U.S. authorities announced Thursday their first-ever seizure of a North Korean cargo ship for violating international sanctions, alleging in a civil asset- forfeiture complaint that Pyongyang sought to use the vessel to export high-grade coal and import heavy machinery.
The WISE HONEST, a 17,061-ton single-hull bulk carrier ship flying a North Korean flag, was one of the country’s largest vessels of its kind. A “bulk carrier” is a type of vessel designed to carry unpackaged cargo, such as coal, ore or cement, in its hold.
U.S. officials said that the WISE HONEST was part of a broader sanctions-evasion scheme conducted by the North Korean government. The vessel, according to the complaint and United Nations sanctions monitors, exhibited many of the characteristics cited in a recent U.S. Treasury Department advisory as methods of North Korean maritime sanctions evasion, including location-data deception, using multiple flags, and ship-to-ship transfers of illicit cargo.
“This sanctions-busting ship is now out of service,” said Assistant Attorney General for National Security John C. Demers.
WISE HONEST hadn’t broadcast a signal depicting its location, known as its Automatic Identification System (AIS), since August 2017, prosecutors said. AIS signals are publicly available; continuous operation of AIS “is a critical factor” for safe ship operating, and it’s rare for a vessel engaged in legitimate transit to turn off its AIS system, according to the complaint.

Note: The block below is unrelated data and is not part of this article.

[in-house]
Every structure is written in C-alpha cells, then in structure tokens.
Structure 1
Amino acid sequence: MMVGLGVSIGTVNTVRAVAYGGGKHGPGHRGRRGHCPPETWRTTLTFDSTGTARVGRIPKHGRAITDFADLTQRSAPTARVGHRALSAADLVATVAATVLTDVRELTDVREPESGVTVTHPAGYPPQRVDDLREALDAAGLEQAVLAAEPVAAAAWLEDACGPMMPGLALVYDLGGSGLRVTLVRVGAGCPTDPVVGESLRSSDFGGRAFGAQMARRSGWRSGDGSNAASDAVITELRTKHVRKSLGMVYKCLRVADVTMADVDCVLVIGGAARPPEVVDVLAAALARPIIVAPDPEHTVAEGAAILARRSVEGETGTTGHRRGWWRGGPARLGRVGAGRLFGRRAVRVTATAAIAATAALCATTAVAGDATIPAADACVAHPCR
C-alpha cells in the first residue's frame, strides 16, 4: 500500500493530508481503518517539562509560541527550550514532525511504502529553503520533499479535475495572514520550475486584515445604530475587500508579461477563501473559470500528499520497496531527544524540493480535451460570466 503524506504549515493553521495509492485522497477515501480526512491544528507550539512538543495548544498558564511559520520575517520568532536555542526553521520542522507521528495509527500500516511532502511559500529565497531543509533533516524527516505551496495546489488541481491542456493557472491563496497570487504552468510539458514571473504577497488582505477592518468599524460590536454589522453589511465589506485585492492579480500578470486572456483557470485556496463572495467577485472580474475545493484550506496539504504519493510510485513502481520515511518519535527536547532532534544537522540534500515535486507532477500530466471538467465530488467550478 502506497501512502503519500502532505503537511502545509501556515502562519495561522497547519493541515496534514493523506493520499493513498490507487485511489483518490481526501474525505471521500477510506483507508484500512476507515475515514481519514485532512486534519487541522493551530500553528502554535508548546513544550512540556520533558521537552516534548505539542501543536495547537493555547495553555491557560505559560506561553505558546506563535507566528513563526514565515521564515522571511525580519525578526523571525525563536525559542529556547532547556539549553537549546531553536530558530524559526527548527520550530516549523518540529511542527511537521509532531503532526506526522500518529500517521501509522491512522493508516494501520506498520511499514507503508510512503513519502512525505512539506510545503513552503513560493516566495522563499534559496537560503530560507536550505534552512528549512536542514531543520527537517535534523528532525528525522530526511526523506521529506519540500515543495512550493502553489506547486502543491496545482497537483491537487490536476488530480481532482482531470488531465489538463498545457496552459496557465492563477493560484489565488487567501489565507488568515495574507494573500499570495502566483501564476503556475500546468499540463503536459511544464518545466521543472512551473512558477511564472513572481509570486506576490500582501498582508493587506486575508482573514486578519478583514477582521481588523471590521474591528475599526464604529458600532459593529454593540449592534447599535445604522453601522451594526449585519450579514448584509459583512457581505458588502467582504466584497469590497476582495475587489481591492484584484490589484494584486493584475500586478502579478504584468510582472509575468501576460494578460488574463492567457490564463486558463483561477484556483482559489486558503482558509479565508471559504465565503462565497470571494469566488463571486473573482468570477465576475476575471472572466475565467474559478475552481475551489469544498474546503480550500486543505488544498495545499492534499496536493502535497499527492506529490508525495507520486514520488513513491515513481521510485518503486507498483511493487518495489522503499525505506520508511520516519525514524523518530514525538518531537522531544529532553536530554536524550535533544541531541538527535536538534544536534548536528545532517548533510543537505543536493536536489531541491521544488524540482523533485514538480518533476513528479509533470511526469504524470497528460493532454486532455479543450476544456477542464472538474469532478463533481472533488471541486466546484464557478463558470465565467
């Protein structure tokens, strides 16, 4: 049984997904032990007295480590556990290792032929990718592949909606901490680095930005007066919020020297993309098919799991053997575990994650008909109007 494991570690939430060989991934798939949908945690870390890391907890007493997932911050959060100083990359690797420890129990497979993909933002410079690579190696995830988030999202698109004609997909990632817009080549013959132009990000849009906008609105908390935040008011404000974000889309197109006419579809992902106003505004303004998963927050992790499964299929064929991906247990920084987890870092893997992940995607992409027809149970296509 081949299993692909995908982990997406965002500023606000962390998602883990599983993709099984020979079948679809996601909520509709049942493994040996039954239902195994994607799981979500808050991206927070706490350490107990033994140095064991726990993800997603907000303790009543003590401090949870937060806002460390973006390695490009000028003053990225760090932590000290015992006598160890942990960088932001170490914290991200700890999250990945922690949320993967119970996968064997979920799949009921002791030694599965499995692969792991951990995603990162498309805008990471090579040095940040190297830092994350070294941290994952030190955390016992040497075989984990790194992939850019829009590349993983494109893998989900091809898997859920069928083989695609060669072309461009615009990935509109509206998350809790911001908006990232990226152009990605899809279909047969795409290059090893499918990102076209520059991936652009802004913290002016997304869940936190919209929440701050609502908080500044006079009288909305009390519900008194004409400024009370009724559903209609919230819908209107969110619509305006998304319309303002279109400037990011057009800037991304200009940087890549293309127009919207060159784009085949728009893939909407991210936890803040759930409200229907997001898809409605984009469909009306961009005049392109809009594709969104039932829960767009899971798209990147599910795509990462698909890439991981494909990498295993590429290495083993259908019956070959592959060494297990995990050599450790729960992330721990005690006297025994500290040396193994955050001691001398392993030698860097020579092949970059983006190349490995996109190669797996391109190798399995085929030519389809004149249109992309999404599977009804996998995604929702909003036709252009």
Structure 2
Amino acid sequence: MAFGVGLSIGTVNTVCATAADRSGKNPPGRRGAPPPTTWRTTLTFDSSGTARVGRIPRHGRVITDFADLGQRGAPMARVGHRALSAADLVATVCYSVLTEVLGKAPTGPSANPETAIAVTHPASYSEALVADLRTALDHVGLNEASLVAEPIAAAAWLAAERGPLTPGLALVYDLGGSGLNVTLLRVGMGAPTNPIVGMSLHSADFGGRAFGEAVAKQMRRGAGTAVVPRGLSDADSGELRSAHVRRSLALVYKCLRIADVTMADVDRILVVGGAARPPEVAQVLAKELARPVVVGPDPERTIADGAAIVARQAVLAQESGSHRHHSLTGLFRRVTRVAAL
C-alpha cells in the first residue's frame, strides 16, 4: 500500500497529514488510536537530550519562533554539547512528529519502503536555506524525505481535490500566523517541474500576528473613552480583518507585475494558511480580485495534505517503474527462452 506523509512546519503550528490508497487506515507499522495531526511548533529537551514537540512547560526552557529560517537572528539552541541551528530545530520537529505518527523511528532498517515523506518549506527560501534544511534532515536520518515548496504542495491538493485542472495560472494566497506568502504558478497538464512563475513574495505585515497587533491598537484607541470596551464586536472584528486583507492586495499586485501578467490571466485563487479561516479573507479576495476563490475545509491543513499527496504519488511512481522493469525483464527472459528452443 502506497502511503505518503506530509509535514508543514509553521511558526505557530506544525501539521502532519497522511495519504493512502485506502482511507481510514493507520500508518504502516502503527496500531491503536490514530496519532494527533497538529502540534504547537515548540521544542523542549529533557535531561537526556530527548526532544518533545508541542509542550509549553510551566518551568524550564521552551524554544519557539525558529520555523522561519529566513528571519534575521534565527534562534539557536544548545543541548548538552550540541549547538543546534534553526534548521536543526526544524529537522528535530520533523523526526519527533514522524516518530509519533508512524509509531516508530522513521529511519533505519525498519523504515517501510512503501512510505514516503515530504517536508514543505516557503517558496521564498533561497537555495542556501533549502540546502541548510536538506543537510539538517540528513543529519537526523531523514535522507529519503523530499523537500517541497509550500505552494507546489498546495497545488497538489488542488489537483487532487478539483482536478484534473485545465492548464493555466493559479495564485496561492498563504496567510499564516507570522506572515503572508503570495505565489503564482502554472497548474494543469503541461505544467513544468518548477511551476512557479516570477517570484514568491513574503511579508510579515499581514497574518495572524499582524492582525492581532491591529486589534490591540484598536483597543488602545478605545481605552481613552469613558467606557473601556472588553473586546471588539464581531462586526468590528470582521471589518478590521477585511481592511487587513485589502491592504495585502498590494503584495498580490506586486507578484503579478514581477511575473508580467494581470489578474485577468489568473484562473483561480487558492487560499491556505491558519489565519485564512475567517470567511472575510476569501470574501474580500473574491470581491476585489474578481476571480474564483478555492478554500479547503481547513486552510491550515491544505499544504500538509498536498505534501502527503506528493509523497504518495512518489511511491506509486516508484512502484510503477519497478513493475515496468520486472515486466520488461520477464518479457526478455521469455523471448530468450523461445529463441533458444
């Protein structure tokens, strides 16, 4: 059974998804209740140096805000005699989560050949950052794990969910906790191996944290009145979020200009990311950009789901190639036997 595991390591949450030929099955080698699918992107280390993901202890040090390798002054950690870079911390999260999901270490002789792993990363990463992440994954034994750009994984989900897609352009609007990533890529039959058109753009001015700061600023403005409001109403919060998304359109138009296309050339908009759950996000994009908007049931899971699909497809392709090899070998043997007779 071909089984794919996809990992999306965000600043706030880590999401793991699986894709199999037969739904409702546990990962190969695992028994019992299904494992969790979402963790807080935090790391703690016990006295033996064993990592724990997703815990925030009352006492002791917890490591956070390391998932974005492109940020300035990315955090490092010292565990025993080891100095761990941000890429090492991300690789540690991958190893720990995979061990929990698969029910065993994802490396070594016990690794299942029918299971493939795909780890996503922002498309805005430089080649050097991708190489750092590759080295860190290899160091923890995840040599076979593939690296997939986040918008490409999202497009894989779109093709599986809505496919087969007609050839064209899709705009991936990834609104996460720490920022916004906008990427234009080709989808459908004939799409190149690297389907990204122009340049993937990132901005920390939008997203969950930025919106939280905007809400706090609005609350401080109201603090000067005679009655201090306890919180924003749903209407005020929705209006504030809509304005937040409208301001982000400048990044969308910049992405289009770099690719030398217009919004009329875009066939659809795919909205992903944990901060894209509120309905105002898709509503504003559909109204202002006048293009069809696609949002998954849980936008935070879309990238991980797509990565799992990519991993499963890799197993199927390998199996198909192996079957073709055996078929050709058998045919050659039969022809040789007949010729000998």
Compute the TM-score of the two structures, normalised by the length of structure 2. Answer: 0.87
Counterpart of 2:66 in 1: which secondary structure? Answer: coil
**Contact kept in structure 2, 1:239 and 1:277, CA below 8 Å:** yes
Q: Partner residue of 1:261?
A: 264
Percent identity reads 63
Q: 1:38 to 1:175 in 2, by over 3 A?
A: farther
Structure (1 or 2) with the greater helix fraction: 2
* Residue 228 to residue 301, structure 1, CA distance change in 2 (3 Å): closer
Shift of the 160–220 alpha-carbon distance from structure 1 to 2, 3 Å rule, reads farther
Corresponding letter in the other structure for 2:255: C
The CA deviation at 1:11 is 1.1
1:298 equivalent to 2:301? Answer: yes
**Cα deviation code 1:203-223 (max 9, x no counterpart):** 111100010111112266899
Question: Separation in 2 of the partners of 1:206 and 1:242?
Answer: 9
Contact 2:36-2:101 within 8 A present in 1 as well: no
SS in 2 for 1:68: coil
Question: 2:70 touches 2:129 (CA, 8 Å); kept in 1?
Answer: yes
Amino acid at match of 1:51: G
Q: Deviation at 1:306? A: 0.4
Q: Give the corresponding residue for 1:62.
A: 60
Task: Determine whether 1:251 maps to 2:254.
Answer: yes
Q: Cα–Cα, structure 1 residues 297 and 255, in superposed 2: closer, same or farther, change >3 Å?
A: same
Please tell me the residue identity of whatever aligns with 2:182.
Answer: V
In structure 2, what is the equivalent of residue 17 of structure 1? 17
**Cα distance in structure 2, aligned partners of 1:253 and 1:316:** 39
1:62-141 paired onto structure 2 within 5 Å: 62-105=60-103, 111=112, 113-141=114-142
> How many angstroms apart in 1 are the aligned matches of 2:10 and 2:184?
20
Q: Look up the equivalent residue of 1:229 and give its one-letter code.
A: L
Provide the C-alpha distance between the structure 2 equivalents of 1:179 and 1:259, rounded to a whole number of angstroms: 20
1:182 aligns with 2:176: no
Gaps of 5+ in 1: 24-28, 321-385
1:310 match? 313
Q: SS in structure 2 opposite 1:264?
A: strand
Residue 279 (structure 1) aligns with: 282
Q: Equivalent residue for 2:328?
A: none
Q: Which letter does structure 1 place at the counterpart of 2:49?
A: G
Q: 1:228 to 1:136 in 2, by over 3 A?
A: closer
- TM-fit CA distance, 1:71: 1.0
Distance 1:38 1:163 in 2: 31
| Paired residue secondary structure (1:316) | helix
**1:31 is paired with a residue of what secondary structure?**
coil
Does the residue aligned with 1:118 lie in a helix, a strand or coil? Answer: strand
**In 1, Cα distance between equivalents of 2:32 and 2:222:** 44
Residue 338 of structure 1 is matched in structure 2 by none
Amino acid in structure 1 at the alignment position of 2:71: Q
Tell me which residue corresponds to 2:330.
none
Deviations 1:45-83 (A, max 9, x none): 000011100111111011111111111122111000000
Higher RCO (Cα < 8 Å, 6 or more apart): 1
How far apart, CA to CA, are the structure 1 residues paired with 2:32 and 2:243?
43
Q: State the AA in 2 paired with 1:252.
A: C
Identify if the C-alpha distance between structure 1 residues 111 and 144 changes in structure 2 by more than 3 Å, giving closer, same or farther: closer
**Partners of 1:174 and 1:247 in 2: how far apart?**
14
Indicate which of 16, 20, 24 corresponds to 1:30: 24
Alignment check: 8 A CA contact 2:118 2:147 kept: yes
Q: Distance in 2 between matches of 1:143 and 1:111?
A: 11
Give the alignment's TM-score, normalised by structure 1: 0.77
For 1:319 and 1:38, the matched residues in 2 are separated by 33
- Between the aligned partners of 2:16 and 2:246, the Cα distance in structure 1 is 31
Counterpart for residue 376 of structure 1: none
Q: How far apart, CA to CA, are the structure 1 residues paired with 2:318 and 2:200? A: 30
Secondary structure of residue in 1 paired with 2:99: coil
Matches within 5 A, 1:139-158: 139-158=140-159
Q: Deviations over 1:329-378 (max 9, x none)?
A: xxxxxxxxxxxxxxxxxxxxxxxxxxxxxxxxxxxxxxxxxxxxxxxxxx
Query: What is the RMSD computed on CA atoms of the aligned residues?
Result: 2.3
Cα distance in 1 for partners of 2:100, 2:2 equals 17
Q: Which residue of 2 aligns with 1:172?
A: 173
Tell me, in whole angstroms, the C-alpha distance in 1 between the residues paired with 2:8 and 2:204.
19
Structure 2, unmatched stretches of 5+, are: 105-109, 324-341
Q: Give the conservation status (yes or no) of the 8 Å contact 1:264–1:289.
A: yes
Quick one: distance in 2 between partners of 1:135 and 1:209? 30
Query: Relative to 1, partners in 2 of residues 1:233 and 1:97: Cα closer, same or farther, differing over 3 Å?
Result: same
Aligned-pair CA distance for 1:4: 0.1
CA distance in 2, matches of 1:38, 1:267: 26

The vessel was last seen in April when the Indonesian Navy interdicted WISE HONEST off the coast of Balikpapan while it was sailing with its AIS transponder turned off and falsely flying a Sierra Leone flag, according to a March U.N. Panel of Experts report. It was carrying nearly $3 million in North Korean coal when captured; WISE HONEST intended to conduct a ship-to-ship transfer of the coal to an unnamed Russian vessel when detected by Indonesian authorities, the U.N. report said.
A U.S. magistrate judge in the Southern District of New York issued a warrant in July 2018 authorizing the vessel’s seizure, according to the civil complaint. U.S. officials said Thursday that WISE HONEST was approaching U.S. territorial waters in American Samoa, in coordination with U.S. Marshals and the Coast Guard.
Payments for maintenance, equipment and improvements of the vessel were made in U.S. dollars and through unwitting U.S. banks, which violates U.S. law and U.N. Security Council resolutions, the prosecutors said. The complaint also cited more than $750,000 in payments transmitted through the correspondent accounts of a U.S. bank based in New York that was connected to a March 2018 shipment of coal from North Korea aboard WISE HONEST.
WISE HONEST’s registered owner is Korea Songi Shipping Company, an affiliate of Korea Songi General Trading Corp., which was sanctioned in June 2017 for exporting North Korean coal. WISE HONEST’s ownership and operation were transferred to Korea Songi Shipping in January 2018 and November 2016, respectively, from Hong Kong-based companies Wise Honest International Ltd. and Vast Win (Hong Kong) Ltd., according to maritime data. The Hong Kong firms were since dissolved, corporate records show. The complaint said the transfer purportedly took place in February 2017, citing a letter bearing Korea Songi General Trading’s letterhead.